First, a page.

2004 Volkswagen Beetle Turbo S on 2040-cars
Acworth, Georgia, United States
2004 VW Beetle Turbo S. Outstanding condition. One owner. My wife bought this VW off the showroom floor. She always had it serviced by a VW dealership. This VW has been well taken care of. The timing belt and water pump replaced at the 80k service ($1000.00). No accidents, never any problems.
If you are looking for a Turbo S model. This is the one to buy.
Please feel free to contact me with any questions.
Volkswagen Beetle-New for Sale
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Tue, 23 Sep 2014 14:31:00 EST
The current Volkswagen Beetle already tries to be a fairly retro-looking ride by cribbing styling elements from the iconic original. However, for the new, limited-edition Classic model, VW is hopping into the time machine to grab even more vintage cues. The company is even cutting the price, perhaps in hopes of turning around flagging sales this year. You don't need to wait long for any of these upgrades either because the automaker says that the Classic goes on sale this week for $20,195, *excluding the $820 destination charge. That's $100 less than a bone-stock Beetle.
Mon, 11 Mar 2013 11:57:00 EST
Starting as a standard Beetle with VW's 1.8-liter turbocharged four-cylinder with 170 horsepower and 177 pound-feet of torque, the Classic edition comes with a six-speed automatic and then adds some retro flair. It includes new vintage-look 17-inch wheels with simulated dog dish polished hubcaps over black spokes. It also comes with a rear spoiler, and the automaker is offering the model in Pure White, Black Uni, and Reflex Silver.
The interior mixes in a few more classic touches but includes modern amenities like a standard navigation system, satellite radio and multifunction steering wheel. However, the seats are finished in a two-tone design combining light brown leatherette on the sides and checked cloth centers, plus lumbar support for the driver's side. The shift knob and handbrake also get wrapped in leather.
World's Most Efficient Car Impresses, Not Without Compromises
Mon, 04 Mar 2013 19:15:00 EST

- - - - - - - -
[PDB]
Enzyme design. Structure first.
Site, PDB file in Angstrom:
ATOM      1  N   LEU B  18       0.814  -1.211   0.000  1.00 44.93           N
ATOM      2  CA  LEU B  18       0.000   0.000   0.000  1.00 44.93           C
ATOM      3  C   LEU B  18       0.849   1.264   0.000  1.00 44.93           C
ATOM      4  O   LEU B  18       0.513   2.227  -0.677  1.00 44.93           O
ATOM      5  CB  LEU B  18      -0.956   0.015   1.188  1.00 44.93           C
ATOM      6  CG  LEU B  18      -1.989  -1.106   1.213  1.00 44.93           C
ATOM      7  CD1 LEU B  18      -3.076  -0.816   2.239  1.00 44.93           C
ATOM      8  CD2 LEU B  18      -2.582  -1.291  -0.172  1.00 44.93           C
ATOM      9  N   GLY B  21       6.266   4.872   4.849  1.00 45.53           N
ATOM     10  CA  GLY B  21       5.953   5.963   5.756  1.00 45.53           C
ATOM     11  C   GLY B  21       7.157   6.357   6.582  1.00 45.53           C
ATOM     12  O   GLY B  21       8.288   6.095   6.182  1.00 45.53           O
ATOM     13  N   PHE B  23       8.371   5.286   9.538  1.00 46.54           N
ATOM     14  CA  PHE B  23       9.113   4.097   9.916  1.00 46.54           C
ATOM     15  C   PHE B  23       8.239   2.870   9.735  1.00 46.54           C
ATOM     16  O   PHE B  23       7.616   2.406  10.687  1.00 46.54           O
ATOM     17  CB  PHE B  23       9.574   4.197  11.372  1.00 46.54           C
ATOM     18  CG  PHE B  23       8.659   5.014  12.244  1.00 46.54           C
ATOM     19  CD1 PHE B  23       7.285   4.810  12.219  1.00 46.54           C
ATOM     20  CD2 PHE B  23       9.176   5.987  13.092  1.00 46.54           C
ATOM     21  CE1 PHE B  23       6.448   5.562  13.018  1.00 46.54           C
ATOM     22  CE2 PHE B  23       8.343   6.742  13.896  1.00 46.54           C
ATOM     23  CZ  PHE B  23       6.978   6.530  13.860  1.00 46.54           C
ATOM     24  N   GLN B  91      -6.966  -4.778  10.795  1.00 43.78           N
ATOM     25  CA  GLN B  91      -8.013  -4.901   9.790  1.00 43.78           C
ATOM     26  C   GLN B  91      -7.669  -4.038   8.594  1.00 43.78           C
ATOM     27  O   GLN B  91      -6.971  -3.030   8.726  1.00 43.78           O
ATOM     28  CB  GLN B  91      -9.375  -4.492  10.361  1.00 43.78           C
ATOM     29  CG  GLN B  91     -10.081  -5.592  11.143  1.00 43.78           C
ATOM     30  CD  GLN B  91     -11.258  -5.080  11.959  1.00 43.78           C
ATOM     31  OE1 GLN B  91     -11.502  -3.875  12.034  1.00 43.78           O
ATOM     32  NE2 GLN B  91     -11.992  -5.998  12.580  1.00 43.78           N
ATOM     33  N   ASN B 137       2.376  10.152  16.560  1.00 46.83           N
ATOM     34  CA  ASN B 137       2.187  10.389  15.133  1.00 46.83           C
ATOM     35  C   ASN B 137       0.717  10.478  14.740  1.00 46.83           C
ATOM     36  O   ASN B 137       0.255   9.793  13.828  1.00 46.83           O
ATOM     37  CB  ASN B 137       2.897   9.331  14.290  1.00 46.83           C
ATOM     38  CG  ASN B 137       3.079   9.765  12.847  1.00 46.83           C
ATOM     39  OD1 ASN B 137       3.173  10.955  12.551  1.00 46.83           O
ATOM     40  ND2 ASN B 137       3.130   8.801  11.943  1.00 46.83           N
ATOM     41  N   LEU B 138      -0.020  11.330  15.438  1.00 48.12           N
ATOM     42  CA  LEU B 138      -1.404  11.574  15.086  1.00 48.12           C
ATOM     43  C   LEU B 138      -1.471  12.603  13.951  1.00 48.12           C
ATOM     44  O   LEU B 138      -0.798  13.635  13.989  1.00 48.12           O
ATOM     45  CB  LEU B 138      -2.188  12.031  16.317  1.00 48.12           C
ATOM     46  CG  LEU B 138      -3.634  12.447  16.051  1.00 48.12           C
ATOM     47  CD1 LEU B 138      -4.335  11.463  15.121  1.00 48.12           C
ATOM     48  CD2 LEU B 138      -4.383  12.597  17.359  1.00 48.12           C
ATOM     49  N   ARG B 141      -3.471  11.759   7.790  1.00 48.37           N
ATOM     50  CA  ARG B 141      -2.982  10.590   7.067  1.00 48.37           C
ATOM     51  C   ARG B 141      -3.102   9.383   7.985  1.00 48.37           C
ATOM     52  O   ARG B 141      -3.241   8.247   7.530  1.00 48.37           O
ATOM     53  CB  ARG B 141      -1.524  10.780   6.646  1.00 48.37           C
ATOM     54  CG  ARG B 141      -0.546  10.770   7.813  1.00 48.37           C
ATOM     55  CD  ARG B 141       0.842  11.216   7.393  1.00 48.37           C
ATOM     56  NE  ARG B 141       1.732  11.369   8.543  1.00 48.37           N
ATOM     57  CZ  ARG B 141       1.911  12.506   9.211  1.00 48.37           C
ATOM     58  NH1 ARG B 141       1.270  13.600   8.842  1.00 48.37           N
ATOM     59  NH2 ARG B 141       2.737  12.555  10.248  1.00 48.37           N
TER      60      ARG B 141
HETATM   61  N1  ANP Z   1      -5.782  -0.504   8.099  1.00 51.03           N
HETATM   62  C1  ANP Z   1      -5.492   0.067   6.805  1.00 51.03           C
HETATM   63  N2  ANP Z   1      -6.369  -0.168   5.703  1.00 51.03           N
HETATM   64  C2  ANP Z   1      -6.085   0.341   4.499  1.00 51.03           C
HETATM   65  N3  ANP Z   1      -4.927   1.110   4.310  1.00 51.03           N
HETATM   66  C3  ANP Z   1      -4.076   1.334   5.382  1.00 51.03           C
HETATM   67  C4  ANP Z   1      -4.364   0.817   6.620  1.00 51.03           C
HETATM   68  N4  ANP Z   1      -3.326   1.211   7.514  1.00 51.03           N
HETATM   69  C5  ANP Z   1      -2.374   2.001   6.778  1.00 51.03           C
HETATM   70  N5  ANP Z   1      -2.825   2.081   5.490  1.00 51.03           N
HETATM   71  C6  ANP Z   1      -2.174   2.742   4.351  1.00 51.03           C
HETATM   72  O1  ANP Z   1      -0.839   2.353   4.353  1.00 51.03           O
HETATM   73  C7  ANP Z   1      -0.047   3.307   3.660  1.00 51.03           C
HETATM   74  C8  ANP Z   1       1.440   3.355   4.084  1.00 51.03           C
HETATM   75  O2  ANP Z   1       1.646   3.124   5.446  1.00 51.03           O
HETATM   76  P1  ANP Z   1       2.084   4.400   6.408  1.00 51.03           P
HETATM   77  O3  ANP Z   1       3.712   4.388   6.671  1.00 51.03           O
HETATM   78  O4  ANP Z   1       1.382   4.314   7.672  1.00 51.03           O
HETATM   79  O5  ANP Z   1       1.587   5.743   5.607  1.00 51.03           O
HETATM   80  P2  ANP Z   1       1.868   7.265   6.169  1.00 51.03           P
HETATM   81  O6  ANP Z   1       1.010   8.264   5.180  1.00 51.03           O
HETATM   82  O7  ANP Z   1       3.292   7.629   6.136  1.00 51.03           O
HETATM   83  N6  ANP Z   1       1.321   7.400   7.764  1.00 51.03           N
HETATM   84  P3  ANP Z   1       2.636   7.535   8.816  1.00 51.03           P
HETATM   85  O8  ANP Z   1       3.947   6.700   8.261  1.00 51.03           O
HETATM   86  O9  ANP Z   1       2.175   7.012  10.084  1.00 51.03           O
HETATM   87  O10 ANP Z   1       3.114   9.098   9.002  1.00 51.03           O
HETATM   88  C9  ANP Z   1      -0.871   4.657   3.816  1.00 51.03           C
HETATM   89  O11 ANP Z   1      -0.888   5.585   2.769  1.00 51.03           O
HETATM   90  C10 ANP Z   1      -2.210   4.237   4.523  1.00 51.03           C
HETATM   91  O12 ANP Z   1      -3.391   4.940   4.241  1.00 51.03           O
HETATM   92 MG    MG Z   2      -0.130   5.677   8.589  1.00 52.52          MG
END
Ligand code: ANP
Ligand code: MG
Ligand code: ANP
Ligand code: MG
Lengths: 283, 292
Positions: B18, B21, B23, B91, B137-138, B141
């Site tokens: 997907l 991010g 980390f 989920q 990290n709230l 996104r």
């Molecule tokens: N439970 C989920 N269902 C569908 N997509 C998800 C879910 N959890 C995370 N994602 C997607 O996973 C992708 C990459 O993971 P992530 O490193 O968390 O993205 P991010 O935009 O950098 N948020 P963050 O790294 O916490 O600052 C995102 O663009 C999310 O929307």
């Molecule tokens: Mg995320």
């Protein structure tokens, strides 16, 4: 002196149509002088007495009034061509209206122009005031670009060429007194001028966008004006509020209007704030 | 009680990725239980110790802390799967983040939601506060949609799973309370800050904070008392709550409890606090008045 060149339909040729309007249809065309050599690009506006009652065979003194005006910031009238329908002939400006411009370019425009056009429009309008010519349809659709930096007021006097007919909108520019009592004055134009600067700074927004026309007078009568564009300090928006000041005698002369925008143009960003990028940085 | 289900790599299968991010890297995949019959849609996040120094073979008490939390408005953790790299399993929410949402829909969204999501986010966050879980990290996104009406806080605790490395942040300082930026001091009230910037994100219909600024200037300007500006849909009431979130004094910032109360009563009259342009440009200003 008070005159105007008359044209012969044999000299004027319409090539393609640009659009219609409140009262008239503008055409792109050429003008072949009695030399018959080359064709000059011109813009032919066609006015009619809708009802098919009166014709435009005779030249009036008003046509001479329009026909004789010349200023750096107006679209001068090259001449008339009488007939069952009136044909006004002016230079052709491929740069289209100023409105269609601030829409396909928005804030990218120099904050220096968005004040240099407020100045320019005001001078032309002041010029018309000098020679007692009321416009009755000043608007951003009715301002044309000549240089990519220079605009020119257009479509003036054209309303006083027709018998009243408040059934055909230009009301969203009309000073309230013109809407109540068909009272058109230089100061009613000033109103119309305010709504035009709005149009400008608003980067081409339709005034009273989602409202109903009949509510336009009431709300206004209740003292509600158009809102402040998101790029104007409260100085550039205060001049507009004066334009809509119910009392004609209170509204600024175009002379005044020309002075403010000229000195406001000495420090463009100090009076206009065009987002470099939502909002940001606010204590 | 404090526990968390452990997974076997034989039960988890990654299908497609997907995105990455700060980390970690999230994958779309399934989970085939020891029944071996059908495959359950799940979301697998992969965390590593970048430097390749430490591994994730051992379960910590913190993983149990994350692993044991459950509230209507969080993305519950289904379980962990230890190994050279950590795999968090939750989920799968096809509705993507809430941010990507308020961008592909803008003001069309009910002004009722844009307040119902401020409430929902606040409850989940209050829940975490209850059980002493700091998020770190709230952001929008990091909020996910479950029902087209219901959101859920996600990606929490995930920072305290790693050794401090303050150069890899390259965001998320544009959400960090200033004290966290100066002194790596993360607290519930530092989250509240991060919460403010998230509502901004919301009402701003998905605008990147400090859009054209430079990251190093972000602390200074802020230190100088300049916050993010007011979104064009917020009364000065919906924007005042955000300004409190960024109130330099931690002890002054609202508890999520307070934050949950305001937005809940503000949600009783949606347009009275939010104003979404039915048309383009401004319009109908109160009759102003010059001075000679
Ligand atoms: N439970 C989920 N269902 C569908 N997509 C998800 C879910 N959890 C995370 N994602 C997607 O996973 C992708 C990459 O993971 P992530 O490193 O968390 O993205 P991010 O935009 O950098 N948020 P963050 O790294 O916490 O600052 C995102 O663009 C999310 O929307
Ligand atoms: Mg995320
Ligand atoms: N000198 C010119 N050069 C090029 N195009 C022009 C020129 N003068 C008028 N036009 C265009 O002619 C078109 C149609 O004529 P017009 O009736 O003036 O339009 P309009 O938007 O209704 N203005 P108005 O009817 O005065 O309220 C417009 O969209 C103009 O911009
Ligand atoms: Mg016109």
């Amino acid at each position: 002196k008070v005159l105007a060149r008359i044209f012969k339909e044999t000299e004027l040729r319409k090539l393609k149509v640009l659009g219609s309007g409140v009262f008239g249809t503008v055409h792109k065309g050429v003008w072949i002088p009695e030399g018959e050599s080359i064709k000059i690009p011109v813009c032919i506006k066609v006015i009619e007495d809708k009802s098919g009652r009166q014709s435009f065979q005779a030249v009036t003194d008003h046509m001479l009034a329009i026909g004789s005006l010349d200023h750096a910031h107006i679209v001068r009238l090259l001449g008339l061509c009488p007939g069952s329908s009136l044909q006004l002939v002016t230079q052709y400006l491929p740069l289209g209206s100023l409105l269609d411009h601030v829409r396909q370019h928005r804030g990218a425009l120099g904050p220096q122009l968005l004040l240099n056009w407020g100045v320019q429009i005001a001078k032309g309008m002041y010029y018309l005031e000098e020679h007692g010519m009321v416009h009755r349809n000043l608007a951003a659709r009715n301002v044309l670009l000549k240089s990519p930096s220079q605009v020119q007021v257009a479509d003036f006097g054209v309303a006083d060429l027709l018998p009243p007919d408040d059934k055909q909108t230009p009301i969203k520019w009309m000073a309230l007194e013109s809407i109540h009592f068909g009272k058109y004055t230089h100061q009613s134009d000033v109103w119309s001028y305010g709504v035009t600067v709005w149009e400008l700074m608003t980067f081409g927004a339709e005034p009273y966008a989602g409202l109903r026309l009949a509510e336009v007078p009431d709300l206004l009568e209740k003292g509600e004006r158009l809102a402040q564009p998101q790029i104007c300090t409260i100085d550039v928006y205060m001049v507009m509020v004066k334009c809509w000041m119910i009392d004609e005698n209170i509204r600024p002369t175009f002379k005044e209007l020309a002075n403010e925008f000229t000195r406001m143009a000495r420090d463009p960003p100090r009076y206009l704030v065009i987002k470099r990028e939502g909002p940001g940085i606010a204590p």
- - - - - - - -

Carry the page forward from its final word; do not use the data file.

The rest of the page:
Among our many duties at the recent Geneva Motor Show, we were offered a pretty exclusive drive in the new Volkswagen XL1 hyper-efficient plug-in diesel hybrid. There is so much that is interesting about a car like this reaching production from a major automaker that it's tough to know where to begin.
First off, you should know that - at least for this generation - there is absolutely no chance in Albuquerque that this "1-liter vehicle" (i.e. a vehicle that can burn just one liter of fuel to travel 100 kilometers, or 62.1 miles) will ever make it into the hands of North American customers. We, too, were having trouble imagining an XL1 in typical American traffic, surrounded by comparatively massive pickups and SUVs. The driving experience had us recalling a couple of weeks in 1999 when we drove the then-revolutionary Honda Insight hybrid on US roads. We keenly remember the feeling of being very small and vulnerable, even as we felt proudly green in our 61-mpg Tochigi pod. Thing is, the Volkswagen is smaller still, and nearly as light despite its more complex drivetrain and safety features.
Lightweight and low drag are hallmarks of great sportscar design. But when paired with a super-efficient, hybrid powertrain, you have the Volkswagen's XL1 that has been formally introduced in Geneva today.
When the 1,700-lb, carbon-fiber-bodied two-seater hits the road, its claimed 261 miles per gallon will make it the world's most-fuel-efficient production car. Though "production car" might be a stretch since VW said in a February press release that the XL1 would be built using "handcrafting-like production methods." We translate that to mean you won't be seeing many of these cars on the road. Though no one at VW has mentioned pricing yet, early rumors suggested a six-figure price tag.
That's supercar budget for a vehicle that has a 47-horsepower, two-cylinder diesel engine and a 27hp electric motor. With numbers like that, owners can expect 0-62 mph times of 12.7 seconds and top speed near 100 mph.